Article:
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Home https://server7.kproxy.com/servlet/redirect.srv/sruj/smyrwpoii/p2/ Health https://server7.kproxy.com/servlet/redirect.srv/sruj/smyrwpoii/p2/ Hundreds hit the sidewalk in Batesville for a walk to the end of Alzheimer's

Hundreds hit the sidewalk in Batesville for a walk to the end of Alzheimer's



Friends and families of the Alzheimer's Association of Southeastern Indiana came out in beautiful blue skies to support the efforts of those struggling with the disease. Christine and Rosa Cooley were on hand to cheer the pedestrians. "There is no cure, so at this point all we can do is support the people who are affected," Christine Cooley said. This walk is in its second year. Last year, more than $ 50,000 was raised. The money funds research and helps carers in their daily struggles to live with debilitating disorders. Hannah Waltz of the Alzheimer's Association said Southeastern Indiana has stepped up to support Alzheimer's families. "It's definitely a community that wraps its arms around one another," Waltz said. "We have a few caregivers and seeing them support each other is amazing." Across the country, 5.8 million people are affected by Alzheimer's disease. The Alzheimer's Regional Association says 55,000 in our area are in the battle. But these supporters say they are retiring to find treatment. For Jane Craig and her family, this is a personal journey. "My mother is 1

1 years old in diagnosis," said Craig. "When it was a difficult day or when we needed support and guidance, the Alzheimer's Association was absolutely wonderful." Together, Waltz said walkers are helping to bring clarity back from the fog of this horrible disease. They share power, one step at a time. "This disease can be so isolating, you feel like you're just in it. Events like this show that you're not just in it," Waltz said.

The friends and families of the Alzheimer's Association of Southeastern Indiana came out in beautiful blue skies to support the efforts of those struggling with the disease.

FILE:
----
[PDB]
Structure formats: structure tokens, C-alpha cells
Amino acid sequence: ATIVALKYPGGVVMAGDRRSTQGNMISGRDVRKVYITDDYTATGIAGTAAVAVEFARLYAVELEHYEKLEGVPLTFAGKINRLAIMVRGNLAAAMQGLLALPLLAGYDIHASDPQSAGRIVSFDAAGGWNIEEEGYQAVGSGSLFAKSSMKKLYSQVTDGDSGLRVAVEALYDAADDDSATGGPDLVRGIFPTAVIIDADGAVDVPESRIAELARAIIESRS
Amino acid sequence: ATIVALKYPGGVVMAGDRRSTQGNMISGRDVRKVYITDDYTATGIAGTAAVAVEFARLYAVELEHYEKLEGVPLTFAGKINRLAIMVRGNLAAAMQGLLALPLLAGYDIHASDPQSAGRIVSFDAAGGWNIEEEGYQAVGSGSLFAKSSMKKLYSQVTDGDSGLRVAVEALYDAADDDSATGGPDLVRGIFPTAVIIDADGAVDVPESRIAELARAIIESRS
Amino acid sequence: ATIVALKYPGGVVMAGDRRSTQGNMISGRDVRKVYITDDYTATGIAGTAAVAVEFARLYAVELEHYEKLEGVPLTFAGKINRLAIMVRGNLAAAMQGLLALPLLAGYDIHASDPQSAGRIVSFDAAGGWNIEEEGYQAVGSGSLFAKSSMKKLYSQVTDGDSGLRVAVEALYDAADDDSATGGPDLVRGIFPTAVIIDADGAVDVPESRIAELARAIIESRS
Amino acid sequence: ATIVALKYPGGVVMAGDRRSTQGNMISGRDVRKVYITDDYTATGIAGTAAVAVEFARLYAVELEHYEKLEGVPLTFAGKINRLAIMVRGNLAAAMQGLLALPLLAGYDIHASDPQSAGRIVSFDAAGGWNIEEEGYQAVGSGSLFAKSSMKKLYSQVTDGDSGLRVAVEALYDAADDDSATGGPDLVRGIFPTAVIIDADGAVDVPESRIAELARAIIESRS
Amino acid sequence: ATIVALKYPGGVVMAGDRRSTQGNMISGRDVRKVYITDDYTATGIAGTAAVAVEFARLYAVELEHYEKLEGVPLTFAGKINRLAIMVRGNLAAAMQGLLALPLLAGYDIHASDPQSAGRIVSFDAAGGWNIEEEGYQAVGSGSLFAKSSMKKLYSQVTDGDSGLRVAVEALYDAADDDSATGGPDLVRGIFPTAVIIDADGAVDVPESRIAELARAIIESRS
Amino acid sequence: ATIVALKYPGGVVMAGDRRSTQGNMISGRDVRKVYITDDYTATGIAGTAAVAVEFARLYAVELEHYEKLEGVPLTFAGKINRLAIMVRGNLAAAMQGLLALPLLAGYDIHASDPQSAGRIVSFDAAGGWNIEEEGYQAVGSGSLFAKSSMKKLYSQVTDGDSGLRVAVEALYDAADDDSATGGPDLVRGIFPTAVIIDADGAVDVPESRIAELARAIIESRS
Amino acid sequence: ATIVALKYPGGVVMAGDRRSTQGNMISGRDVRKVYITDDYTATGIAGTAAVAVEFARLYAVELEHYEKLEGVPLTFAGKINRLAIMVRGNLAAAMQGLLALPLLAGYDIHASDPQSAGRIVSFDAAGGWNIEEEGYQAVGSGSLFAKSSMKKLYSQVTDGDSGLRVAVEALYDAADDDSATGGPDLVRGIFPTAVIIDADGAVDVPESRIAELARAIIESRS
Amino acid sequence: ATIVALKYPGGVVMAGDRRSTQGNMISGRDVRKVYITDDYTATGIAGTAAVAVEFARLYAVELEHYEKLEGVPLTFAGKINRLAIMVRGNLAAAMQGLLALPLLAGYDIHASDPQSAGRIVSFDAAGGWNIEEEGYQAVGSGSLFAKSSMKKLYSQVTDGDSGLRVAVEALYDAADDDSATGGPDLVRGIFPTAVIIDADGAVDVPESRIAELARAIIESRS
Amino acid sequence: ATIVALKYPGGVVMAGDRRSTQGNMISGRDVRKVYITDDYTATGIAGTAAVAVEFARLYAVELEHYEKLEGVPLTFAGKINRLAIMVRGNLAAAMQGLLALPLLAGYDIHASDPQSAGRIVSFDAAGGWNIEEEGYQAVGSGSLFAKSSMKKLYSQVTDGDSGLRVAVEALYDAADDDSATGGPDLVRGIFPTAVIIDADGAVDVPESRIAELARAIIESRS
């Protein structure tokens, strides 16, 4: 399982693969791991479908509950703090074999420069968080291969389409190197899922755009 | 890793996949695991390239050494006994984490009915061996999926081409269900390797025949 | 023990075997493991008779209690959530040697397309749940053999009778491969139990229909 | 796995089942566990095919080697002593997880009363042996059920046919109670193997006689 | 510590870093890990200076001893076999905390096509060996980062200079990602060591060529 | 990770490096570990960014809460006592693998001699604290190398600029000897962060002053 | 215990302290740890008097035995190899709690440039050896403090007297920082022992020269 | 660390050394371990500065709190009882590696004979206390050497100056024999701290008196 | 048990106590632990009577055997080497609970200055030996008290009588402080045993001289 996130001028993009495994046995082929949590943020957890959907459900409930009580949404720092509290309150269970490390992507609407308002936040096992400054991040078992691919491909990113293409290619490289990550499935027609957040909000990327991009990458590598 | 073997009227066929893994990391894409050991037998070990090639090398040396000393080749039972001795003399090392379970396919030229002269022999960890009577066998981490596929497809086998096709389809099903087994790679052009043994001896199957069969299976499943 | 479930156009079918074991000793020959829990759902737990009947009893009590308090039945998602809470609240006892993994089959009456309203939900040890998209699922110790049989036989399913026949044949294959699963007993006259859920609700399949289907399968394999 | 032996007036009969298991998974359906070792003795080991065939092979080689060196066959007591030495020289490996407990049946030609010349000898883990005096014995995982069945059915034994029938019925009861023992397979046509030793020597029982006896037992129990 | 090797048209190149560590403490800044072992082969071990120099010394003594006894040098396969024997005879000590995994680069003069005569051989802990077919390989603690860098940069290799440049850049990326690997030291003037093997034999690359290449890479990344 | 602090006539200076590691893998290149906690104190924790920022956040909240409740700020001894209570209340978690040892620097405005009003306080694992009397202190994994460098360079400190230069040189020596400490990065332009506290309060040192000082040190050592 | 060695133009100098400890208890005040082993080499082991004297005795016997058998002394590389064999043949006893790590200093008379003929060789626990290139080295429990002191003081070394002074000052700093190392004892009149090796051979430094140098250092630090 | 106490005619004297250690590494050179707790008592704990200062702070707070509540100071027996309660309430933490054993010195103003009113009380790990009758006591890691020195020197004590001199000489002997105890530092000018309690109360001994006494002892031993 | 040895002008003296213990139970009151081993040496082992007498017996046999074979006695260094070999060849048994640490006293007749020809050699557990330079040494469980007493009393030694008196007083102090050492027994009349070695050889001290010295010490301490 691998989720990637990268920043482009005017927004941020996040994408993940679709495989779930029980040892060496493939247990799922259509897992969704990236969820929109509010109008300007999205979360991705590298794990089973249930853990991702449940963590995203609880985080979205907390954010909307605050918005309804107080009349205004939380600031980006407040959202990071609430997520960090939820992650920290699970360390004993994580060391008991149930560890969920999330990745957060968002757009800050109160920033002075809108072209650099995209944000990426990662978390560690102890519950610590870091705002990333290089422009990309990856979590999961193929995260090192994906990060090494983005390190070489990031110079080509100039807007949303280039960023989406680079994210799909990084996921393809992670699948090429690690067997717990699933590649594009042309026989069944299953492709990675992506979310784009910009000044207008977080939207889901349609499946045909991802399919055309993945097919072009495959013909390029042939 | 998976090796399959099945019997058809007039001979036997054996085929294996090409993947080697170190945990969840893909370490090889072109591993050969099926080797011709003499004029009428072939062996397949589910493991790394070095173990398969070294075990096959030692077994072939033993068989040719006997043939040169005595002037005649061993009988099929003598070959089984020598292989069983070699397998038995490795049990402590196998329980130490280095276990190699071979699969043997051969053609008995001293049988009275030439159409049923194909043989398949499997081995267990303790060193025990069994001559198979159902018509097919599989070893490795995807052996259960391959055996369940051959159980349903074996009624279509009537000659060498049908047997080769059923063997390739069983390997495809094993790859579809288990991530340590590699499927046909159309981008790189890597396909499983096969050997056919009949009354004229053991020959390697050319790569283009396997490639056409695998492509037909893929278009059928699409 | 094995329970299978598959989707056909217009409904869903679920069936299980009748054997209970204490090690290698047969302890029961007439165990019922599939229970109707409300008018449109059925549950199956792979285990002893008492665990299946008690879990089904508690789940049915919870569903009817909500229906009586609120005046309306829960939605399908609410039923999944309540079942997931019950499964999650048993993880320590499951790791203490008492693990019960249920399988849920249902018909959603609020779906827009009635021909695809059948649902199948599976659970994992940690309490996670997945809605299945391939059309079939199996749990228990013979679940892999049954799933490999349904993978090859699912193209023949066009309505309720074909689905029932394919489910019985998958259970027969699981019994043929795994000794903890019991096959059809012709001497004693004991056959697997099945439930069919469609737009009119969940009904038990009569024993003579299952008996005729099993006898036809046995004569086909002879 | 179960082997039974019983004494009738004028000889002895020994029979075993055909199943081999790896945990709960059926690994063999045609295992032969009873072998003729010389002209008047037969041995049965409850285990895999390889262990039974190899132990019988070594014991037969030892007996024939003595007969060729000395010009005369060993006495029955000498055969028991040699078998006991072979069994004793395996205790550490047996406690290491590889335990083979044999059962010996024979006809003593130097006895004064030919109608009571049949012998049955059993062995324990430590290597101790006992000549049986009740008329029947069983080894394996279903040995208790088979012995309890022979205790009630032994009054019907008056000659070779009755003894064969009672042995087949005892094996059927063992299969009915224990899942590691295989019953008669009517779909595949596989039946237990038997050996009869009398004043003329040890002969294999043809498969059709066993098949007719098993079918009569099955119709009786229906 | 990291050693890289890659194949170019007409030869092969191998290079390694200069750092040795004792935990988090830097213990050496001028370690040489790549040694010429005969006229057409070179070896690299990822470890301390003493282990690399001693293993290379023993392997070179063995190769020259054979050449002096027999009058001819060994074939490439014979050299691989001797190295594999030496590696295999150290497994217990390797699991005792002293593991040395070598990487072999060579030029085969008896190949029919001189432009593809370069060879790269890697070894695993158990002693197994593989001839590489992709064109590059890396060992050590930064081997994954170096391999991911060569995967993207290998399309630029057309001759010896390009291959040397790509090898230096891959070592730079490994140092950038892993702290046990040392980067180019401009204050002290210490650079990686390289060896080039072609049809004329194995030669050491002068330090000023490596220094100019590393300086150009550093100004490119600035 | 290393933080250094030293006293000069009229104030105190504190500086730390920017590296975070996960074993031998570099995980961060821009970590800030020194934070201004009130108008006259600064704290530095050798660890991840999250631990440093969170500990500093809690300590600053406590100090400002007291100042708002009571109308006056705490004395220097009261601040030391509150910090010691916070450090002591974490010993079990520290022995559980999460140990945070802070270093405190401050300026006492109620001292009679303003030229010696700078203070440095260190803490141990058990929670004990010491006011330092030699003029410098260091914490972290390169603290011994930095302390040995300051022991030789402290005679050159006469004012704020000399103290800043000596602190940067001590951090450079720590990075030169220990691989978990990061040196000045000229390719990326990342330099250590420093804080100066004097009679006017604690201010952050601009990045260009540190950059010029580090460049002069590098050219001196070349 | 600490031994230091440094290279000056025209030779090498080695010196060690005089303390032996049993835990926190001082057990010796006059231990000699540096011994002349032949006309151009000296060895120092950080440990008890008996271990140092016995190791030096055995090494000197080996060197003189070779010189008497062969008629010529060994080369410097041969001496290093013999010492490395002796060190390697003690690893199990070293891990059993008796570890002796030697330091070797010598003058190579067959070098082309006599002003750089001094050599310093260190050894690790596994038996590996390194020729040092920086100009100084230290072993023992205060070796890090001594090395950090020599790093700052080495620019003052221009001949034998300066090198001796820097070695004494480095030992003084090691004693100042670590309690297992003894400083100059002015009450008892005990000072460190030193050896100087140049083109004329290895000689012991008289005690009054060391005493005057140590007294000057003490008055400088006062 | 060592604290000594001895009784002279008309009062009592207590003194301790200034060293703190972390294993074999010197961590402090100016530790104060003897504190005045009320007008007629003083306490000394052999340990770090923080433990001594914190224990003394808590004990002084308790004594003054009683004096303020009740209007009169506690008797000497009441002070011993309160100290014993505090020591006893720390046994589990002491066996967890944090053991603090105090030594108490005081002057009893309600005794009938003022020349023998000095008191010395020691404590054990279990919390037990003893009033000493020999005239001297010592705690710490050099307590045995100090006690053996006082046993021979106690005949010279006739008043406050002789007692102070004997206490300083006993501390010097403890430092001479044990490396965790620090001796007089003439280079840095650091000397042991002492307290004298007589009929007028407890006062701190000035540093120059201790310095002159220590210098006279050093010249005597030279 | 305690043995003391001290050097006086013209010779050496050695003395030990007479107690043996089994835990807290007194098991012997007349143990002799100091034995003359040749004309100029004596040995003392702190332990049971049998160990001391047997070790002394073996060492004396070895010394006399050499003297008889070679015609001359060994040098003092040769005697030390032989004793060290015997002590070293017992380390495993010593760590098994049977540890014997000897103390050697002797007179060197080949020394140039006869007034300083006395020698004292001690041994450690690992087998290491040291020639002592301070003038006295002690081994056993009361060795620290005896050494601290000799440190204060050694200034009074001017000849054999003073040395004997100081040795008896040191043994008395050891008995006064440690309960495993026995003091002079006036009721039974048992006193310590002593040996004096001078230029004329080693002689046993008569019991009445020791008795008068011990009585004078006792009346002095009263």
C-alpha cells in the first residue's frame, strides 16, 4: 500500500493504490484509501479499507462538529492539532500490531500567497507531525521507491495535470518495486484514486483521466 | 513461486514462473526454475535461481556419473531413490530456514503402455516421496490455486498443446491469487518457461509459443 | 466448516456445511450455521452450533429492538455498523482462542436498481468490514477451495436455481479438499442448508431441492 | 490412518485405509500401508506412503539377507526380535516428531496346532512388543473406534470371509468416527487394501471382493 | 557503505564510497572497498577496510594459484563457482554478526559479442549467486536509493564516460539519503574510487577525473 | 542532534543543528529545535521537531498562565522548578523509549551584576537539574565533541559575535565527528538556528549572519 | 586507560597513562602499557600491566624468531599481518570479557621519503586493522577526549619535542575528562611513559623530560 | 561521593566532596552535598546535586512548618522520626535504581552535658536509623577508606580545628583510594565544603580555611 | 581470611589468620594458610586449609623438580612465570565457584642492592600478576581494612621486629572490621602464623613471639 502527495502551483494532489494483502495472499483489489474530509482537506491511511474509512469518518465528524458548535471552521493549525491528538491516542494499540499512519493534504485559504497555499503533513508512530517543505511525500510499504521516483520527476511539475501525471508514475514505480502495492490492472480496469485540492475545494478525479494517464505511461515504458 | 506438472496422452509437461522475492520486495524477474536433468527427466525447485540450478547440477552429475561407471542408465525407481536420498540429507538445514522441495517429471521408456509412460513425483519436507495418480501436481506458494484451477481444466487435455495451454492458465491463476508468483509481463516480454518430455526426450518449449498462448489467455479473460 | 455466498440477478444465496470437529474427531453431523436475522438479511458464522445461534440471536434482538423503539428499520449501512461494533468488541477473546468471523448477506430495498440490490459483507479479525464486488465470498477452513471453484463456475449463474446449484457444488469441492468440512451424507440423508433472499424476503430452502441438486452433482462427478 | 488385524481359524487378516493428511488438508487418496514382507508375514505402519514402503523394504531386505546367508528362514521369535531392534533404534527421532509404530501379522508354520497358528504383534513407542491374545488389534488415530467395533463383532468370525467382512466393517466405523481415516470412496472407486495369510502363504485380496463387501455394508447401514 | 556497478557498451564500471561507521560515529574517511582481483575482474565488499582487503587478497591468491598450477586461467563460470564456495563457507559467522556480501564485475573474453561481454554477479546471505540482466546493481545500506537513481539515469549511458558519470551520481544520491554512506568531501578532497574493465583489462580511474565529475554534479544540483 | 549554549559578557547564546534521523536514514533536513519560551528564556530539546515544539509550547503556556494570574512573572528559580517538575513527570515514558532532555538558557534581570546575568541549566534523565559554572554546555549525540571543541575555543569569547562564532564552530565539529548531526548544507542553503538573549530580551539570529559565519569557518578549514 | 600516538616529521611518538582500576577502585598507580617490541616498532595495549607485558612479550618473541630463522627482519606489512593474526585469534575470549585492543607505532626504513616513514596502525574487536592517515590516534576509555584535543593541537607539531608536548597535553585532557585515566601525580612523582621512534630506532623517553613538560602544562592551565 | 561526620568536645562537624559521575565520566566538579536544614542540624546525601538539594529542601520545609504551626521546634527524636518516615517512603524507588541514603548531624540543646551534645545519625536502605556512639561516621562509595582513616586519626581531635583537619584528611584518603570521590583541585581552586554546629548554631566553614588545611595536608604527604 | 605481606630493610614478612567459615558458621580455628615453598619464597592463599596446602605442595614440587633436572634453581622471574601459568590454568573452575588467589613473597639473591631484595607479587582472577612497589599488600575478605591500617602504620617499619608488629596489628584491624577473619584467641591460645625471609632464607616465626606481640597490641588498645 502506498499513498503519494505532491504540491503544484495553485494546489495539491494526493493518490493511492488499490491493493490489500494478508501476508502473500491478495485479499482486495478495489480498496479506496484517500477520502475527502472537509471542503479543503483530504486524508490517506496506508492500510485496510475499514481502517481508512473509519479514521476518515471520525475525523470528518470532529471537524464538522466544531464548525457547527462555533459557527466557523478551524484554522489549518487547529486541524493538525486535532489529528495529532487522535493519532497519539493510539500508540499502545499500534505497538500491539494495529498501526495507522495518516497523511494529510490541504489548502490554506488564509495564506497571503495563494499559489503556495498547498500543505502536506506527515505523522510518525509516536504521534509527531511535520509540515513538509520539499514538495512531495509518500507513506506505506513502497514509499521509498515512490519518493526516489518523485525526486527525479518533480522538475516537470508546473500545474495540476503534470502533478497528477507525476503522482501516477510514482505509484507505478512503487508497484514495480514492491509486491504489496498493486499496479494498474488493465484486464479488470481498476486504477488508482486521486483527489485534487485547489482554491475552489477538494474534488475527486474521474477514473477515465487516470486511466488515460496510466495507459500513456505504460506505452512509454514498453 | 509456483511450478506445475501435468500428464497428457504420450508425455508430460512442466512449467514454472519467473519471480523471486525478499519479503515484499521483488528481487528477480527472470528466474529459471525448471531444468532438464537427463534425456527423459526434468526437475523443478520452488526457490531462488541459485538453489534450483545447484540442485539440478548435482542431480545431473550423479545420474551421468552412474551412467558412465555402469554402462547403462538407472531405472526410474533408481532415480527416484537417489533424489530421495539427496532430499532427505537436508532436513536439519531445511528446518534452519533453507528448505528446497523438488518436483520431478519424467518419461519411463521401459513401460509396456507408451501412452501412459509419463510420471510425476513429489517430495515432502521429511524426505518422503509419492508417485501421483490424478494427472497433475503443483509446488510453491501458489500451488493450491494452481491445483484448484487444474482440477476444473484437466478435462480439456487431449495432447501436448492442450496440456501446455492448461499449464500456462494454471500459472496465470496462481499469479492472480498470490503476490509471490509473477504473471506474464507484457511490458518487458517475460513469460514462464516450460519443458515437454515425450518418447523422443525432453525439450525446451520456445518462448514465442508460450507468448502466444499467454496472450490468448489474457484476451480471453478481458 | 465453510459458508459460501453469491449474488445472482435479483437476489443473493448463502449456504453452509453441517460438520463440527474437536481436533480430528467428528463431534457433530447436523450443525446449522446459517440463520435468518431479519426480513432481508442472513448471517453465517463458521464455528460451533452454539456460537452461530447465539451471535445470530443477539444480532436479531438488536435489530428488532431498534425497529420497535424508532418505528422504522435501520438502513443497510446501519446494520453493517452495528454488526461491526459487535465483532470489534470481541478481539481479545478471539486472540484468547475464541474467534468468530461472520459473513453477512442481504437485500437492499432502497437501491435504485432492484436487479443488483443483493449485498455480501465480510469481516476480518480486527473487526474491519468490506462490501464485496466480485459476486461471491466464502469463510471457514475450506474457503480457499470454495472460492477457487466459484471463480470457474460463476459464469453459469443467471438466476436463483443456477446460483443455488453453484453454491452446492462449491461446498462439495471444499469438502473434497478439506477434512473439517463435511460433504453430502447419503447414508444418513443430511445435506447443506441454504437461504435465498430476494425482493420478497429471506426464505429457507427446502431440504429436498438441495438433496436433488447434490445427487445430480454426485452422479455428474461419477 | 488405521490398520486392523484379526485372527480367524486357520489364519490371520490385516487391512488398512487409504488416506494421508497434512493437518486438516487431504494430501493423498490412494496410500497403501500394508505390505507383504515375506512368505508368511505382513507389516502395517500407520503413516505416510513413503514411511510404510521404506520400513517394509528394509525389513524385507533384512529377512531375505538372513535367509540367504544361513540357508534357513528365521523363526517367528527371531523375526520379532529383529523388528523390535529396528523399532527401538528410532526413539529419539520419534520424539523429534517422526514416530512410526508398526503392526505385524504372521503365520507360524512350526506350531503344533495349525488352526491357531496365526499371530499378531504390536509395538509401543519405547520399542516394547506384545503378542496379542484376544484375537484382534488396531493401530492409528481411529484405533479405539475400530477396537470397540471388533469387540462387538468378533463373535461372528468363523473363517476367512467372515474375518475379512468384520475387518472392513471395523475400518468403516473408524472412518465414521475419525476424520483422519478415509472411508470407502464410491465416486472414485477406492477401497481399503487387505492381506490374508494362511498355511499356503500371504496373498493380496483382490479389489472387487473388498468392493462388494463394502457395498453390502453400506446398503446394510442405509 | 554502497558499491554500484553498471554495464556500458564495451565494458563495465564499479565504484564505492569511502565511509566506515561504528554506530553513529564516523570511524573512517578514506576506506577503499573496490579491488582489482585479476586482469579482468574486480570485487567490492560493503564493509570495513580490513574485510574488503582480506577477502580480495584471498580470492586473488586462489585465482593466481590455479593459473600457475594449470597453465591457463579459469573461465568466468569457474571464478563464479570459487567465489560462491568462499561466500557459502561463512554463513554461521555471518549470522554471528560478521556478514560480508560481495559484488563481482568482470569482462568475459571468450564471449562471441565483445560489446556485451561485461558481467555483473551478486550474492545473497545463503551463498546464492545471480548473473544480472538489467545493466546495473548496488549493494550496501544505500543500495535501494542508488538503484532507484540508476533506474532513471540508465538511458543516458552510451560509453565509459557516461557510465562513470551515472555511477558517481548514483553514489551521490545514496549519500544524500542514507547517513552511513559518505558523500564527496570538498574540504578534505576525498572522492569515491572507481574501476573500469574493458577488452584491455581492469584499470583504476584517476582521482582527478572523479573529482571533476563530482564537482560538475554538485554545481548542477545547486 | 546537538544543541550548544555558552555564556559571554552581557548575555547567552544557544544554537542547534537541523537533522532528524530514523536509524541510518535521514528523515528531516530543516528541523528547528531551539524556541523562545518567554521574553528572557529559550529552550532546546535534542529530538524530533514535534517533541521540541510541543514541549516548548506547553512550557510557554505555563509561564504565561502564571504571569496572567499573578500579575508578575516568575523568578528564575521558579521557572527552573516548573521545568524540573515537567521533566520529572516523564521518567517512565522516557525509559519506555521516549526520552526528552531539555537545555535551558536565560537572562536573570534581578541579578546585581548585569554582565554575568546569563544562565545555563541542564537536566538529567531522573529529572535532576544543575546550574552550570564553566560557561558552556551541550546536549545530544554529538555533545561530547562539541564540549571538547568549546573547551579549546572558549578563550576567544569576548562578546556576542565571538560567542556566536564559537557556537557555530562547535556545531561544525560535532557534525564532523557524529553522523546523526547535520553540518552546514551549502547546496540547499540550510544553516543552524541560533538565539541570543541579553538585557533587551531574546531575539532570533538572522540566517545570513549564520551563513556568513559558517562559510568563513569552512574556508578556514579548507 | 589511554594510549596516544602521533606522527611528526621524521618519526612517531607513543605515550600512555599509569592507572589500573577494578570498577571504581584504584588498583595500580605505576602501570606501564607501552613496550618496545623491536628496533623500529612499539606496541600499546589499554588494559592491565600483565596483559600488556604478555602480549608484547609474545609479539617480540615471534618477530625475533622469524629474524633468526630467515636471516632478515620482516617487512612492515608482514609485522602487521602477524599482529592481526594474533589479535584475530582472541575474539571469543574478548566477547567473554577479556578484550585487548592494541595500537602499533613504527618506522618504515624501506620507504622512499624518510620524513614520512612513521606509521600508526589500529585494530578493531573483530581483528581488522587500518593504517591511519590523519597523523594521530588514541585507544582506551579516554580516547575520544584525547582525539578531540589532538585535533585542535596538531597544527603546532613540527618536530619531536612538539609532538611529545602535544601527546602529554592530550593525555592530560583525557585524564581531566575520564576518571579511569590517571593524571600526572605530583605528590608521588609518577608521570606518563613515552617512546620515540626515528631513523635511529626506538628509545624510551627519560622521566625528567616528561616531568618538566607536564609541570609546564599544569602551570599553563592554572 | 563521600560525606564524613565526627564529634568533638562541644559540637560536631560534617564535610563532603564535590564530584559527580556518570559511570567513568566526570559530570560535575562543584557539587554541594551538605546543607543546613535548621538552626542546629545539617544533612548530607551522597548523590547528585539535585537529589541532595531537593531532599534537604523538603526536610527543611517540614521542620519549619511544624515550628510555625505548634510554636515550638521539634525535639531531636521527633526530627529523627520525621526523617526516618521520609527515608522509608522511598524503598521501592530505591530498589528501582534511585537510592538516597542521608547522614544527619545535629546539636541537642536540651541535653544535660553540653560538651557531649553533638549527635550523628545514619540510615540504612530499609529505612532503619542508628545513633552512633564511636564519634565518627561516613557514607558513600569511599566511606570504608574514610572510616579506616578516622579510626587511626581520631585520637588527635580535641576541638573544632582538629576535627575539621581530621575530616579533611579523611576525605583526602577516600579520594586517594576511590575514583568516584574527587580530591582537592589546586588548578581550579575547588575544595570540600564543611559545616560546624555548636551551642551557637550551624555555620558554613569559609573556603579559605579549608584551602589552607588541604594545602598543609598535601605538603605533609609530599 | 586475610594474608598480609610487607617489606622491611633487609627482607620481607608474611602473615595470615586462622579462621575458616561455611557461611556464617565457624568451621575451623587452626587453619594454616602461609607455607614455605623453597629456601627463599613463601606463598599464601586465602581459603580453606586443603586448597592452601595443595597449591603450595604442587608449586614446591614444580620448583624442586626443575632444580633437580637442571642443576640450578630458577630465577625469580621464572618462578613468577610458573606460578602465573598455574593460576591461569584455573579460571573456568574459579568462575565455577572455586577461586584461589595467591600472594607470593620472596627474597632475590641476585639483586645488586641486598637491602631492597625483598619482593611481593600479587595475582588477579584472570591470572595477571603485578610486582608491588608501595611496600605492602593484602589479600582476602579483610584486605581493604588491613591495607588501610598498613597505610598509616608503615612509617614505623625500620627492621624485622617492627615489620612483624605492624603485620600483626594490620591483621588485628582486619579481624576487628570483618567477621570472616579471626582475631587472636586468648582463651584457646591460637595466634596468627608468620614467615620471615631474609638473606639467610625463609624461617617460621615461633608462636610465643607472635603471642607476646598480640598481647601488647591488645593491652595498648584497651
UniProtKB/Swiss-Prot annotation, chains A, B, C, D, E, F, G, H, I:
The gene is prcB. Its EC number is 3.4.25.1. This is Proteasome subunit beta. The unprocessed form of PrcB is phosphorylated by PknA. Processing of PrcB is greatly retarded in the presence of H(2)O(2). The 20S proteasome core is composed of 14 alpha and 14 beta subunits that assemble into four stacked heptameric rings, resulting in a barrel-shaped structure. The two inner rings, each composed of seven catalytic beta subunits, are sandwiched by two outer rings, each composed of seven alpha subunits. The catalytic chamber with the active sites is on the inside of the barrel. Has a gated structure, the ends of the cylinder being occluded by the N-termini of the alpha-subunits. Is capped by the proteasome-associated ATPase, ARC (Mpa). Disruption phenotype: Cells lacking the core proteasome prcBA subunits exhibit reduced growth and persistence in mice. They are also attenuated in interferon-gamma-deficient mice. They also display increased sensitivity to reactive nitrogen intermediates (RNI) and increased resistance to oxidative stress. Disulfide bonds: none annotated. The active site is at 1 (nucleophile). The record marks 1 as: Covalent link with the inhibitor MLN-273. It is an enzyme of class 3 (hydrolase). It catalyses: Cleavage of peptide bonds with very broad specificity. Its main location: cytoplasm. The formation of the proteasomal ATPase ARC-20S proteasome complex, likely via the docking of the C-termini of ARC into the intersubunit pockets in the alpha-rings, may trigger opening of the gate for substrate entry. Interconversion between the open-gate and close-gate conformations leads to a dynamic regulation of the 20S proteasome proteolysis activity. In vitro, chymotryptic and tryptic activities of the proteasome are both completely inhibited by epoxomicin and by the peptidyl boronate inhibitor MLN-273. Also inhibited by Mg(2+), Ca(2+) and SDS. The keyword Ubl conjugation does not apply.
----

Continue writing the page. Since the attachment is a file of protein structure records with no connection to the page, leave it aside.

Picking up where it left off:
Christine and Rosa Cooley were on hand to cheer on the walkers. "There is no cure, so at this point all we can do is support the people who are affected," Christine Cooley said.

This walk is in its second year. Last year, more than $ 50,000 was raised. The money funds research and helps carers in their daily struggles to live with debilitating disorders.

Hannah Waltz, of the Alzheimer's Association, stated that Southeastern Indiana has stepped up to support Alzheimer's families.

"This is definitely a community that wraps its arms around one another," Voltz says. "We have a few caregivers and seeing them support each other is amazing."

5.8 million people across the country are affected by Alzheimer's disease. The Alzheimer's Regional Association says 55,000 in our area are in the battle. But these supporters say they are retiring to find a cure.

For Jane Craig and her family, this is a personal journey. "My mother is 11 years old in diagnosis," said Craig. "When she had a difficult day or when we needed support and guidance, the Alzheimer's Association was absolutely wonderful."

Together, Waltz said that walkers help to bring clarity back from the fog of this terrible disease. They share power, one step at a time.

"This disease can be so isolating, you feel as if you were just in it. Events like this show that you are not just in this, "says Volz.


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